19. ^ Avrich 1984, pp. 23–24
  20. ^ a b "Entre bureaucrates et communistes-ouvriers, la lutte de class continue". L'Ouvrier Communiste (in French) (6–7). Paris. March 1930. Retrieved 5 January 2018.
  21. ^ Miasnikov, Gavril (1945). "The Last Testament of the Left Communist Gavriil Miasnikov". Translated by Archibald, Malcolm. Kate Sharpley Library. Retrieved 5 January 2018.
  22. ^ "Manifesto of the Workers' Group of the Russian Communist Party (Part 4): Conclusion". International Review (145). Brussels: International Communist Current. 30 May 2011 [February 1923]. ISSN 0775-7611. OCLC 906298570.
  23. ^ Avrich 1984, p. 17
  24. ^ Marot, John (2012). "Trotsky, the Left Opposition and the Rise of Stalinism: Theory and Practice". The October Revolution in Prospect and Retrospect. Historical Materialism Book Series. Vol. 37. Brill. p. 94. ISBN 9789004229877. ISSN 1570-1522. Retrieved 25 February 2018.
  25. ^ "Manifesto of the Workers' Group of the Russian Communist Party (Part 3): The NEP (New Economic Policy)". International Review (144). Brussels: International Communist Current. 8 March 2011 [February 1923]. ISSN 0775-7611. OCLC 906298570.
  26. ^ "Manifesto of the Workers' Group of the Russian Communist Party (Part 4): The New Economic Policy and the management of industry". International Review (145). Brussels: International Communist Current. 30 May 2011 [February 1923]. ISSN 0775-7611. OCLC 906298570.
  27. ^ Pirani 2008, p. 196
  28. ^ Avrich 1984, p. 4
  29. ^ Shliapnikov, Alexander (1961) [1922]. "To Members of the International Conference of the Communist International". In Russian Communist Party (ed.). Odinnadtsatyi s"ezd RKP(b), mart-aprel' 1922 goda: stenograficheskii otchet. Translated by Allen, Barbara C. 11th Congress. OCLC 1180813462. Retrieved 4 January 2018 – via Marxists Internet Archive.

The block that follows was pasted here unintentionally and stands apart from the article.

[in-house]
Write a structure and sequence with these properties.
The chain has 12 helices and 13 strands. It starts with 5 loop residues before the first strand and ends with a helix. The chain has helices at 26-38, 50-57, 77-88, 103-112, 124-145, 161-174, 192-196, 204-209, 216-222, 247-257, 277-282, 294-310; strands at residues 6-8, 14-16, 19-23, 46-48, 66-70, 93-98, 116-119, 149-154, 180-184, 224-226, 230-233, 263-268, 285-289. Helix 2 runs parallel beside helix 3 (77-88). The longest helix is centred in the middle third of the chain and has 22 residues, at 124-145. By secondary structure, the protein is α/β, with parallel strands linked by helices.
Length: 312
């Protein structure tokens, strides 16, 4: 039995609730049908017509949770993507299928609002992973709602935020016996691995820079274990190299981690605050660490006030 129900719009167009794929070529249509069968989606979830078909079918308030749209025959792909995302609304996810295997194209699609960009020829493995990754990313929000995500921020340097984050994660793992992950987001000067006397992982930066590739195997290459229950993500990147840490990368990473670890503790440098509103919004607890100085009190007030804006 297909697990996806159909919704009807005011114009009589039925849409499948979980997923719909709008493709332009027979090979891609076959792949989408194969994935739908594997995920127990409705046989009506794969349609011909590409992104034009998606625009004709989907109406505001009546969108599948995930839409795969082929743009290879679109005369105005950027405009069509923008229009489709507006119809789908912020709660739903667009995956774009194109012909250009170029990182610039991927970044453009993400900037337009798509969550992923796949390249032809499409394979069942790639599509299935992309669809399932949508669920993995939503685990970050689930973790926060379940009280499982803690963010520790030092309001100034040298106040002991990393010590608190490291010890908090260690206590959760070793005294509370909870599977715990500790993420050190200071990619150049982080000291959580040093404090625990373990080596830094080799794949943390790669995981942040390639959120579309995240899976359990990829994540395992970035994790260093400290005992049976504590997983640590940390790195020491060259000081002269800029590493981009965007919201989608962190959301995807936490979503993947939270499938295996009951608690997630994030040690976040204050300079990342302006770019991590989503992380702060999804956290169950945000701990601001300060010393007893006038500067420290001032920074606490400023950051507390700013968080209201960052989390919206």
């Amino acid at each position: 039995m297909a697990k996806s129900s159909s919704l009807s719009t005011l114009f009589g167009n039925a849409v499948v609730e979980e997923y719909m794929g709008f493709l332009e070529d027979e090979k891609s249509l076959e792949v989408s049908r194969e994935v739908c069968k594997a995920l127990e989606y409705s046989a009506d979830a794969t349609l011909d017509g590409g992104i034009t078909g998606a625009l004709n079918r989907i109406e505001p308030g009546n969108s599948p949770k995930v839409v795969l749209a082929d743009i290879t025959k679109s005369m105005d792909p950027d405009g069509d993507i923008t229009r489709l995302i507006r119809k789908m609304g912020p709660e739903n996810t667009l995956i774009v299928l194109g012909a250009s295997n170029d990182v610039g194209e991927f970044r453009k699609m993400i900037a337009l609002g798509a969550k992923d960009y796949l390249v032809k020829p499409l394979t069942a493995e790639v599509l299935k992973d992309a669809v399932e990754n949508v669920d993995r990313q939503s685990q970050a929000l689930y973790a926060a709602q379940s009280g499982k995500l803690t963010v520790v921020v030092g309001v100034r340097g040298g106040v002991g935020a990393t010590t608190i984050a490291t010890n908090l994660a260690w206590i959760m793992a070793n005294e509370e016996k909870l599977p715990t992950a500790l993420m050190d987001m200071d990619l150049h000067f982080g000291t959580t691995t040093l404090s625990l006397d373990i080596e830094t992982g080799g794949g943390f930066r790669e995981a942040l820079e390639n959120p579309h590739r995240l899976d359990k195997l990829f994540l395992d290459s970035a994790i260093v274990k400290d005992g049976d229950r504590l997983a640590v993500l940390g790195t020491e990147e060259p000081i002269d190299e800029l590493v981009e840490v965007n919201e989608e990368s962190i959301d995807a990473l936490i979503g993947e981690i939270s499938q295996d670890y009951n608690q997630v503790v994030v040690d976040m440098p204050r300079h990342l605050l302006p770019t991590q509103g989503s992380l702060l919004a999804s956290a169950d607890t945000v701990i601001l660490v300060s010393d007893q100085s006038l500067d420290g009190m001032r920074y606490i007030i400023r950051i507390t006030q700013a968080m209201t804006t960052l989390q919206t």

30. ^ Pirani 2008, p. 204
  31. ^ "Manifesto of the Workers' Group of the Russian Communist Party (Part 4): A few words on two groups". International Review (145). Brussels: International Communist Current. 30 May 2011 [February 1923]. ISSN 0775-7611. OCLC 906298570.
  32. ^ Ciliga, Ante (2016) [1950]. En el País de la Mentira Desconcertante (PDF) (in Spanish). Translated by ¡Salud, proletarios!. Barcelona: Descontrol D.L. p. 365. ISBN 9788416553785. OCLC 1008989583. Retrieved 13 February 2018.
  33. ^ Avrich 1984, pp. 25–26
  34. ^ "Manifesto of the Workers' Group of the Russian Communist Party (Part 2): The socialist united front". International Review (143). Brussels: International Communist Current. 21 November 2010 [February 1923]. ISSN 0775-7611. OCLC 906298570.
  35. ^ Bourrinet, Philippe (2016). The Dutch and German Communist Left (1900–68) (PDF). Leiden: Brill. p. 171. ISBN 9789004325937. OCLC 7347928396.
  36. ^ Bourrinet, Philippe (1999). The "Bordigist" Current (PDF). pp. 92–94. OCLC 477165756. Archived from the original (PDF) on 4 January 2014.